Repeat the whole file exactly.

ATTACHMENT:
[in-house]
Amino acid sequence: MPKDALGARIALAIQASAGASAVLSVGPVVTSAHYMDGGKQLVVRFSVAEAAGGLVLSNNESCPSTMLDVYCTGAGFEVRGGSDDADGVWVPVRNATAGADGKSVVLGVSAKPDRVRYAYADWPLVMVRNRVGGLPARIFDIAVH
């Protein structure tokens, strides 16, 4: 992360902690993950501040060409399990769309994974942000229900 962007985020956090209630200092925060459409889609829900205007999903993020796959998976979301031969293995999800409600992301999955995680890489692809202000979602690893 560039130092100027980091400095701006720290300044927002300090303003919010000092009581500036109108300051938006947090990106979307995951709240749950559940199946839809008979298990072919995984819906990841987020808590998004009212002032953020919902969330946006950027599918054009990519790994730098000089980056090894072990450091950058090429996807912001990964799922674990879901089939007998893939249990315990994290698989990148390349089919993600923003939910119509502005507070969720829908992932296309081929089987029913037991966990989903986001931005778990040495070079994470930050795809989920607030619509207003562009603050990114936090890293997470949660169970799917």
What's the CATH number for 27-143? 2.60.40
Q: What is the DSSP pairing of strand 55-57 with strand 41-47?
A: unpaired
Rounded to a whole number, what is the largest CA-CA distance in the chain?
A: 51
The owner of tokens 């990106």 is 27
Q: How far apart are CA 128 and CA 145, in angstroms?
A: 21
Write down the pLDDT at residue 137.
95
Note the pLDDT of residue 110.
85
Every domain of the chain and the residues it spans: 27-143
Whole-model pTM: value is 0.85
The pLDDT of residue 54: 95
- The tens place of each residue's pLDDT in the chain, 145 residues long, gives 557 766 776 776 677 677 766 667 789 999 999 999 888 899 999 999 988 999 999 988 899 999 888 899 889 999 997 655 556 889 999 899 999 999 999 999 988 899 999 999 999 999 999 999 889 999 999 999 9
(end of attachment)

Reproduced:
[in-house]
Amino acid sequence: MPKDALGARIALAIQASAGASAVLSVGPVVTSAHYMDGGKQLVVRFSVAEAAGGLVLSNNESCPSTMLDVYCTGAGFEVRGGSDDADGVWVPVRNATAGADGKSVVLGVSAKPDRVRYAYADWPLVMVRNRVGGLPARIFDIAVH
């Protein structure tokens, strides 16, 4: 992360902690993950501040060409399990769309994974942000229900 962007985020956090209630200092925060459409889609829900205007999903993020796959998976979301031969293995999800409600992301999955995680890489692809202000979602690893 560039130092100027980091400095701006720290300044927002300090303003919010000092009581500036109108300051938006947090990106979307995951709240749950559940199946839809008979298990072919995984819906990841987020808590998004009212002032953020919902969330946006950027599918054009990519790994730098000089980056090894072990450091950058090429996807912001990964799922674990879901089939007998893939249990315990994290698989990148390349089919993600923003939910119509502005507070969720829908992932296309081929089987029913037991966990989903986001931005778990040495070079994470930050795809989920607030619509207003562009603050990114936090890293997470949660169970799917």
What's the CATH number for 27-143? 2.60.40
Q: What is the DSSP pairing of strand 55-57 with strand 41-47?
A: unpaired
Rounded to a whole number, what is the largest CA-CA distance in the chain?
A: 51
The owner of tokens 């990106």 is 27
Q: How far apart are CA 128 and CA 145, in angstroms?
A: 21
Write down the pLDDT at residue 137.
95
Note the pLDDT of residue 110.
85
Every domain of the chain and the residues it spans: 27-143
Whole-model pTM: value is 0.85
The pLDDT of residue 54: 95
- The tens place of each residue's pLDDT in the chain, 145 residues long, gives 557 766 776 776 677 677 766 667 789 999 999 999 888 899 999 999 988 999 999 988 899 999 888 899 889 999 997 655 556 889 999 899 999 999 999 999 988 899 999 999 999 999 999 999 889 999 999 999 9